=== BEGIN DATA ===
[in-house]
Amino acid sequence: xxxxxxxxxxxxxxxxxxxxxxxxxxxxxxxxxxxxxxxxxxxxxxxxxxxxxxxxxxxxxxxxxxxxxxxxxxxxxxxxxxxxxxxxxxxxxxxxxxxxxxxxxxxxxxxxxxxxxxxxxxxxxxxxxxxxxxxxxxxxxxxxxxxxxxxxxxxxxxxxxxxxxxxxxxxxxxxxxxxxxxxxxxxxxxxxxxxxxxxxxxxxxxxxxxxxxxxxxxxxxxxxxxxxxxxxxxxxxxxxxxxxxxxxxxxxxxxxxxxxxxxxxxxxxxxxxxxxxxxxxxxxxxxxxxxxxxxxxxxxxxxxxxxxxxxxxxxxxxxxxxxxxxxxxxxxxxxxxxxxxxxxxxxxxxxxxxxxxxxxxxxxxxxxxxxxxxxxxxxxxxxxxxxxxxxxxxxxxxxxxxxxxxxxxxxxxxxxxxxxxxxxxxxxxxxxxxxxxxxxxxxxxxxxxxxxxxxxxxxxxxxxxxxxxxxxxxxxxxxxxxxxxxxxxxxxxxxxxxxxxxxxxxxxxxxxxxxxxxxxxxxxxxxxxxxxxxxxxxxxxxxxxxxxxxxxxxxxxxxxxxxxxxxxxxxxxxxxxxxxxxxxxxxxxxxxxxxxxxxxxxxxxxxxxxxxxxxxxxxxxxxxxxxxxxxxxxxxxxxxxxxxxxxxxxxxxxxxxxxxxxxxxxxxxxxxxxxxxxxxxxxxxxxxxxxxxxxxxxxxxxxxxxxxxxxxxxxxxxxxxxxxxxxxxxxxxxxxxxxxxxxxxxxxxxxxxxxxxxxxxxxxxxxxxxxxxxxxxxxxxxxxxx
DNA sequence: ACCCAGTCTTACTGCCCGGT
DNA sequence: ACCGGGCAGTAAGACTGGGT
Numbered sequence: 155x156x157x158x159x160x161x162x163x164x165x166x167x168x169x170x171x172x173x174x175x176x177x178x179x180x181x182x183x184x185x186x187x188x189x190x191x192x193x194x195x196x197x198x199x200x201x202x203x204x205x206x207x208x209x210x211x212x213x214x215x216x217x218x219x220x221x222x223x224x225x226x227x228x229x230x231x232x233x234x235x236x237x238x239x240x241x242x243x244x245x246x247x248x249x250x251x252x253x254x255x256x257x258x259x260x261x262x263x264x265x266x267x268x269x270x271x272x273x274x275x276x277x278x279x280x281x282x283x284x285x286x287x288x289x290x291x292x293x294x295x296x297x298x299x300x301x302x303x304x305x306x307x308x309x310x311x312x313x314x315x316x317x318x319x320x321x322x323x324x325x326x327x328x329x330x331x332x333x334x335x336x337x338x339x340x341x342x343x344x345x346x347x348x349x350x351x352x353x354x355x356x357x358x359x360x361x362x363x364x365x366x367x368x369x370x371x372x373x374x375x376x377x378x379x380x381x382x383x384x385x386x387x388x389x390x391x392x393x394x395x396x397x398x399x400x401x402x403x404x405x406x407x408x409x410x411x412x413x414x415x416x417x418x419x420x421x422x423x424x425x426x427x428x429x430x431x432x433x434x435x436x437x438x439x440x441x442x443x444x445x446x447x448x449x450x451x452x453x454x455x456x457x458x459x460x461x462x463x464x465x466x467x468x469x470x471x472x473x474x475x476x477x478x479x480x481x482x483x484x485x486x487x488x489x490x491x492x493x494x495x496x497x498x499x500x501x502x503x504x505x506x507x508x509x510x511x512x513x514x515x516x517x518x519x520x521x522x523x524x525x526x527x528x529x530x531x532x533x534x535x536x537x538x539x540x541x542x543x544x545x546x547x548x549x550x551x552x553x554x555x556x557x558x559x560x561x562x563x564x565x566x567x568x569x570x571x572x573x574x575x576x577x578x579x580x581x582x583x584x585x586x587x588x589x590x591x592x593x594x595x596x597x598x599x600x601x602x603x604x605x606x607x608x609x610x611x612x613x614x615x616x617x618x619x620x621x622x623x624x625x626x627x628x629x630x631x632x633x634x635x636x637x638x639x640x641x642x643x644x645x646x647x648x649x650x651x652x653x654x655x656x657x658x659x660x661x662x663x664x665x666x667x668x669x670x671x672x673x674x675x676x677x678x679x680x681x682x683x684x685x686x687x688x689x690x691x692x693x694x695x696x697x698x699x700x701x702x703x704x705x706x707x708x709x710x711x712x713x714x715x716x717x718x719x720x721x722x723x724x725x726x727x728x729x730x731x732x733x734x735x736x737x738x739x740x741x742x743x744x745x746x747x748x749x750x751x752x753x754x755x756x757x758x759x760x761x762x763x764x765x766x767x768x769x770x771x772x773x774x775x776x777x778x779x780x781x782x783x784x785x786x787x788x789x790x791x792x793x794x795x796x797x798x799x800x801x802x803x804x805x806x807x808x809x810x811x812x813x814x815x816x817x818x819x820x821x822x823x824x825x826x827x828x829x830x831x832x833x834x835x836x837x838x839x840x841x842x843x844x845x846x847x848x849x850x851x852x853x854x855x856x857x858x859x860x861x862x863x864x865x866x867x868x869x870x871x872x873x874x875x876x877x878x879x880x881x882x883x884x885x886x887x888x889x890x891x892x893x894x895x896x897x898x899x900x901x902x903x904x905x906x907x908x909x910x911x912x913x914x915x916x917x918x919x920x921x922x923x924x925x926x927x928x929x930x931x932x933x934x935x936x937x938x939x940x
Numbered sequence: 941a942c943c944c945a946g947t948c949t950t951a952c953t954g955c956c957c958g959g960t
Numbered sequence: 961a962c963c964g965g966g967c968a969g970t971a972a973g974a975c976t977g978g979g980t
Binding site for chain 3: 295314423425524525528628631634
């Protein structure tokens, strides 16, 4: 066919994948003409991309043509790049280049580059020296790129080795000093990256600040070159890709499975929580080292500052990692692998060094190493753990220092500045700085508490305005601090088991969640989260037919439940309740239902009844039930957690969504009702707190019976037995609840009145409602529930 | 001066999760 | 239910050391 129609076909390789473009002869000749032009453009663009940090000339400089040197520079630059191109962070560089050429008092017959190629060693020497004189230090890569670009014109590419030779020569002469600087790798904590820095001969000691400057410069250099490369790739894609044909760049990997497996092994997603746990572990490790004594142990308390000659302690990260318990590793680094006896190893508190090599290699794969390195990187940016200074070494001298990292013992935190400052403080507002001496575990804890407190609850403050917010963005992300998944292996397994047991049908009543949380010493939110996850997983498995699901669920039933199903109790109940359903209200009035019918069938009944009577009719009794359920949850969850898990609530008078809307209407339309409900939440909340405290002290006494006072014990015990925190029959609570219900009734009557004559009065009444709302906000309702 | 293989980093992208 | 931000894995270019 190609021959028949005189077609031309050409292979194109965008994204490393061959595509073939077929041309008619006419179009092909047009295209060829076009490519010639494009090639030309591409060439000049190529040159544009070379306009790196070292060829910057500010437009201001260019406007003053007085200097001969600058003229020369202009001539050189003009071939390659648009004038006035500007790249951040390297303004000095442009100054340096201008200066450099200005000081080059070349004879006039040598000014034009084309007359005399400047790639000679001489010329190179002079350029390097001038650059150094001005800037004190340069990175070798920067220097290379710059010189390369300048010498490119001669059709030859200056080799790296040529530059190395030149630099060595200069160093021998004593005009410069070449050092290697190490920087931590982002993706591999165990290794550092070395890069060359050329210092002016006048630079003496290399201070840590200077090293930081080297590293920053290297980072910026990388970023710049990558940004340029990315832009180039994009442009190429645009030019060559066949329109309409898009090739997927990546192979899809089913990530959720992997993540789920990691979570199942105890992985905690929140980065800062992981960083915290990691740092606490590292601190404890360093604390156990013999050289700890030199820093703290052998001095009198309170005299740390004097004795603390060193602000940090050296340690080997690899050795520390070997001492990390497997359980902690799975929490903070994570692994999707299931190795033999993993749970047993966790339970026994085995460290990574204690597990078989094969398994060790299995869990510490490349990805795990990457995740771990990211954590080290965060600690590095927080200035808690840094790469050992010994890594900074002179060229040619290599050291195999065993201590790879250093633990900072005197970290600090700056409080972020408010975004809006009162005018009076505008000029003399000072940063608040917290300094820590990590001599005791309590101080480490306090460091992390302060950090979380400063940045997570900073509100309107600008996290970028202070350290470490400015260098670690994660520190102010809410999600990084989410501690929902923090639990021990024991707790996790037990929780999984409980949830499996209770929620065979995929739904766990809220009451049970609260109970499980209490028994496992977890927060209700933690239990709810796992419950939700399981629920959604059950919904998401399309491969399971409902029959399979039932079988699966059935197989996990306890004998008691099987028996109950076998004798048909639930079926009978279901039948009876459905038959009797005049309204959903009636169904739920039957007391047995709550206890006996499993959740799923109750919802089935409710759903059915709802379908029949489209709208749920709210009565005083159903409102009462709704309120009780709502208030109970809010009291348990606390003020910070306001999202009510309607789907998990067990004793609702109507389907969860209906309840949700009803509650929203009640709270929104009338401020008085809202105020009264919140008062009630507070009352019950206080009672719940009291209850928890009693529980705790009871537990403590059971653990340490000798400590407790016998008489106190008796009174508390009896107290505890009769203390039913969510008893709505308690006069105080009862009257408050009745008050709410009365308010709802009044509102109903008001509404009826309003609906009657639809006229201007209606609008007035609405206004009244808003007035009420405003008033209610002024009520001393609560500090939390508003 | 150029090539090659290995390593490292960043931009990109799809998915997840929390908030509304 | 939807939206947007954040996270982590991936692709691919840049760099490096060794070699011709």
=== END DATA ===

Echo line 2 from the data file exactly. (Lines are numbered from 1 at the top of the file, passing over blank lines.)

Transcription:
Amino acid sequence: xxxxxxxxxxxxxxxxxxxxxxxxxxxxxxxxxxxxxxxxxxxxxxxxxxxxxxxxxxxxxxxxxxxxxxxxxxxxxxxxxxxxxxxxxxxxxxxxxxxxxxxxxxxxxxxxxxxxxxxxxxxxxxxxxxxxxxxxxxxxxxxxxxxxxxxxxxxxxxxxxxxxxxxxxxxxxxxxxxxxxxxxxxxxxxxxxxxxxxxxxxxxxxxxxxxxxxxxxxxxxxxxxxxxxxxxxxxxxxxxxxxxxxxxxxxxxxxxxxxxxxxxxxxxxxxxxxxxxxxxxxxxxxxxxxxxxxxxxxxxxxxxxxxxxxxxxxxxxxxxxxxxxxxxxxxxxxxxxxxxxxxxxxxxxxxxxxxxxxxxxxxxxxxxxxxxxxxxxxxxxxxxxxxxxxxxxxxxxxxxxxxxxxxxxxxxxxxxxxxxxxxxxxxxxxxxxxxxxxxxxxxxxxxxxxxxxxxxxxxxxxxxxxxxxxxxxxxxxxxxxxxxxxxxxxxxxxxxxxxxxxxxxxxxxxxxxxxxxxxxxxxxxxxxxxxxxxxxxxxxxxxxxxxxxxxxxxxxxxxxxxxxxxxxxxxxxxxxxxxxxxxxxxxxxxxxxxxxxxxxxxxxxxxxxxxxxxxxxxxxxxxxxxxxxxxxxxxxxxxxxxxxxxxxxxxxxxxxxxxxxxxxxxxxxxxxxxxxxxxxxxxxxxxxxxxxxxxxxxxxxxxxxxxxxxxxxxxxxxxxxxxxxxxxxxxxxxxxxxxxxxxxxxxxxxxxxxxxxxxxxxxxxxxxxxxxxxxxxxxxxxxxxx